2. 10 Million is not even that much in SF. It takes 5 million to buy a nice 3 bedroom apartment at the Mira and then the other 5 million to pay the taxes and HOA fee every month.

  3. Hey Sam. Enough whining . Be happy with what you have. If you want more, go work and provide these benefits for your future generations.

  4. Hard working Italian families deserve to pass the fruits of THEIR labors on to the next generations. They were the great immigrants. Not looking for a handout, learning the new language and wanting to assimilate into AMERICA. Not at all like the current crop of multi generational welfare freeloaders who refuse to embrace the American dream of self sufficiency and cling to the degeneracy and corruption of their socialist gulags. Viva Italia! Viva Christopher Columbus!!

    1. Nice work on the trolling there Judi! By the way, it is obvious using any of the free online text based gender determination tools that you are a man using a fake woman’s name. I suggest you have the courage to use your real name if you are going to try to troll. It just makes you look weak. Keep grinnin’!

    2. Hi Judi –

      …And Mexicans, El Salvadorans, Guatemalans, Nicaraguans, Canadians of Indian descent, etc., who are “hard working…great immigrants [and who are] not looking for a handout”; and who have also managed the ‘twists and turns’ of others’ preconceived notions of them – not to mention the others’ preference for homogeneity. Viva AMERICA! Viva DIGNITY!! Viva HARD WORK!!! Finally, VIVA TO RECOGNIZING THAT WE’RE ALL IN THIS TOGETHER!!!!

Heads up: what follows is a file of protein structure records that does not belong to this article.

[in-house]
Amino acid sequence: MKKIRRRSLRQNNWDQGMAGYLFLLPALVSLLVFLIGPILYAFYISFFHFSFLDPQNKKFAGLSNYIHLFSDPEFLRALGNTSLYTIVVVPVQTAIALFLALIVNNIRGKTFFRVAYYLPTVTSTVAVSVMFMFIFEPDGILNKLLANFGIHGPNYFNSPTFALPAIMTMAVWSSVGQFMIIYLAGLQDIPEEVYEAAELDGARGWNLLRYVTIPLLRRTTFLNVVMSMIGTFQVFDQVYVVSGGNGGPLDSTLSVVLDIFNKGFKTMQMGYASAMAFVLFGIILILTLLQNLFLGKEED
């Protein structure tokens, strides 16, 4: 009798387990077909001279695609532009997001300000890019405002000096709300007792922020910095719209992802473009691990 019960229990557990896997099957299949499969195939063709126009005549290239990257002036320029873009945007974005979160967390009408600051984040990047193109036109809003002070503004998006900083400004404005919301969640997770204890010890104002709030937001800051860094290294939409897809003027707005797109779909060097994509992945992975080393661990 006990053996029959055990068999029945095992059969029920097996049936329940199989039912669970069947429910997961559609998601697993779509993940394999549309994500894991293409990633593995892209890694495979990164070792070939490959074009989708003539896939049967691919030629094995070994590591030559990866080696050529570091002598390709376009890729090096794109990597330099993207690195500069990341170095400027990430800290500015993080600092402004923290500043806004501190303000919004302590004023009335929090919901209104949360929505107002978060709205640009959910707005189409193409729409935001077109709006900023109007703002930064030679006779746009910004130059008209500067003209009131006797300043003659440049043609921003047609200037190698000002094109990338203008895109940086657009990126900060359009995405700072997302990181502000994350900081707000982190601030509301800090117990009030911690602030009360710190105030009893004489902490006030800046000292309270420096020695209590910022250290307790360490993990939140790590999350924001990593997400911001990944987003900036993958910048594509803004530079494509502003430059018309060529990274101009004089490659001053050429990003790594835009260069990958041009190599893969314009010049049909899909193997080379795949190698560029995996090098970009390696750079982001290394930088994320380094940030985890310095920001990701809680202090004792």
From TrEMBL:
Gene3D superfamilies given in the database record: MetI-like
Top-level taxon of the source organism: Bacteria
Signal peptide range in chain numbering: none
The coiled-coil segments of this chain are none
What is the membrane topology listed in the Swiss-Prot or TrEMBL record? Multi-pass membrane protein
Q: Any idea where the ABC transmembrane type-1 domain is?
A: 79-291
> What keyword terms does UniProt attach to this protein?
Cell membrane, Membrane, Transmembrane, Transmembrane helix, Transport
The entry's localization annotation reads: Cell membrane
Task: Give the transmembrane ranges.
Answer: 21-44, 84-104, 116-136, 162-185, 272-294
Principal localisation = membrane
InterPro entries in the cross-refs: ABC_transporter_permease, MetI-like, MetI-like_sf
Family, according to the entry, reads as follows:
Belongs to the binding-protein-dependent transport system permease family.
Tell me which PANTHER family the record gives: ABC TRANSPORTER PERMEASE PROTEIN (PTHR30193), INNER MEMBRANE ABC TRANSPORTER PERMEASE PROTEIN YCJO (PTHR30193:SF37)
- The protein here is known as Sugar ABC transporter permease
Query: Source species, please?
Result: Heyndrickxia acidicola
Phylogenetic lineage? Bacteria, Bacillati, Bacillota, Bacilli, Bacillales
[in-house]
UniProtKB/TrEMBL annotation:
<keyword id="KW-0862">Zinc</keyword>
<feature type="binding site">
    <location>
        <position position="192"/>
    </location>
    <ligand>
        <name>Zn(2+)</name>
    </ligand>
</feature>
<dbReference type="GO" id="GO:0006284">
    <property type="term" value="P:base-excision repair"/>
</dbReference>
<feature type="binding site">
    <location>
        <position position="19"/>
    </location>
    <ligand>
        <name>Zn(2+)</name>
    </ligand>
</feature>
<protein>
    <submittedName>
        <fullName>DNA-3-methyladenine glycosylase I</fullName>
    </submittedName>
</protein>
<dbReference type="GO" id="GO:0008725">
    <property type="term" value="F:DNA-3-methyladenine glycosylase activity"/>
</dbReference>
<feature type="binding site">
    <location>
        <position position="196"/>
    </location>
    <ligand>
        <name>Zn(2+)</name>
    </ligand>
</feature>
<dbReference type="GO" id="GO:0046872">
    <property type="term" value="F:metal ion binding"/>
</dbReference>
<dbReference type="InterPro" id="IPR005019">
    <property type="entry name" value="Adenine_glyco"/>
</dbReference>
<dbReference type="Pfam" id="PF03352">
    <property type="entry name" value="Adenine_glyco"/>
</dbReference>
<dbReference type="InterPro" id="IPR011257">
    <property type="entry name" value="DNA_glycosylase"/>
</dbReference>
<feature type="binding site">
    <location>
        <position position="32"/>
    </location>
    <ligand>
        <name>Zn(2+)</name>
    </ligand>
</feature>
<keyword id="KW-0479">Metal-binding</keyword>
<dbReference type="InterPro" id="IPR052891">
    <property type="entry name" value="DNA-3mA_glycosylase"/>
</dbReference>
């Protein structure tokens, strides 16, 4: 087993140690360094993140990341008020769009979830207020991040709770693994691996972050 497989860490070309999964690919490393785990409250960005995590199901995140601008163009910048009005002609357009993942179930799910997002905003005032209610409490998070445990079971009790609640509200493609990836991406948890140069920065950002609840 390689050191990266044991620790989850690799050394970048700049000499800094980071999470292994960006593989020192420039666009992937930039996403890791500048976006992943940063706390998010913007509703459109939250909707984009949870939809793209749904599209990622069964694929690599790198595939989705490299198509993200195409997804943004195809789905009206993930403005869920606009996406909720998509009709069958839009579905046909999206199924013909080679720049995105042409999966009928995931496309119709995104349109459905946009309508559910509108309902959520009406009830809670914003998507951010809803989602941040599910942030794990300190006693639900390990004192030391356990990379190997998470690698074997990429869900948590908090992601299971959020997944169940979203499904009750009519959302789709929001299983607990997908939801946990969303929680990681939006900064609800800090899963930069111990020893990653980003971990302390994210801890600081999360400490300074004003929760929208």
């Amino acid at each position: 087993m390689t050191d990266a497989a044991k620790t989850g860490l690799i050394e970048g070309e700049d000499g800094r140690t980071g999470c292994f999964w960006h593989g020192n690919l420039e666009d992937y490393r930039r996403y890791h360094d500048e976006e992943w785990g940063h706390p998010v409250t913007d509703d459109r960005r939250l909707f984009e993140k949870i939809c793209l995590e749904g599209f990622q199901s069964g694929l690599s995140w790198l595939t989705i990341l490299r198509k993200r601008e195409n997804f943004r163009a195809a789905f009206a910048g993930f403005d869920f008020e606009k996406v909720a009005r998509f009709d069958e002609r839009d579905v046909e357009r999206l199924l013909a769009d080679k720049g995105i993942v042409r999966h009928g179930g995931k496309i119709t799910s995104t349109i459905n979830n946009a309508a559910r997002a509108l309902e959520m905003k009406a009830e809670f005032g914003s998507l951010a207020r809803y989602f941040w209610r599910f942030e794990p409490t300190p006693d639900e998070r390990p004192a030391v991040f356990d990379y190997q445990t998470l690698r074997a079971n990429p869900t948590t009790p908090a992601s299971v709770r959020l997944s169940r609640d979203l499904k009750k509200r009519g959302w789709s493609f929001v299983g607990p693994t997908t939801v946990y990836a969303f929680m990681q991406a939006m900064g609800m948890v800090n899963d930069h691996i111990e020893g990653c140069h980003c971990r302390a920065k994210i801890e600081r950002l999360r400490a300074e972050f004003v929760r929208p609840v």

3. Judi, as a fellow italian-american…if you can’t see our ancestors faces in the hard working immigrants of today, you’re doing it wrong. Also, columbus never even set foot on this particular piece of land, and hoo boy we have way better representation to choose from. Hush…you’re embarrassing your paesani!

  5. Nothing wrong with parents working hard so that they can leave something for their children. I am sure this was taxed when it was transferred to him by his father and again taxed when it was sold. We can argue if these taxes are enough or not but your snide comment just reeks of envy. This is coming from me who did not inherit any land or huge sums of money but would like to leave something nice for my kids, that’s why I work hard and why I say kudos to this Feno family.

    1. It wasn’t “generational real estate wealth” when he was born, buddy. Hell, wasn’t even “generational” or even “wealth” until 20 year ago or so, at which time I’m guessing all his ancestors were already dead. Guy also put over 50 years of sweat into the business that made it possible. You sound like a sad, envious little person.

      1. I’m thrilled when I read stories like this. A bit envious, but thrilled none the less.
        Some are just bitter.

      2. It would have been nice if they had kept the business going instead of just selling out / cashing out.

        but oh well.

        1. why? nice for you or them? they worked an entire lifetime now they want a chance to enjoy life before they die. people don’t like change and want things to stay the same – thats not their responsibility.

          1. Geez, calm down. I agree it would have been nice for it to keep going too. It was Micheal Fena’s ultimate decision, but it would have been nice if he sold it as a “going concern”, he retires with a bit of money, the business keeps going under new management… what’s wrong with wishing that had happened?

    2. It’s good luck but it should be noted this guy has likely worked almost every day of his life to keep that business going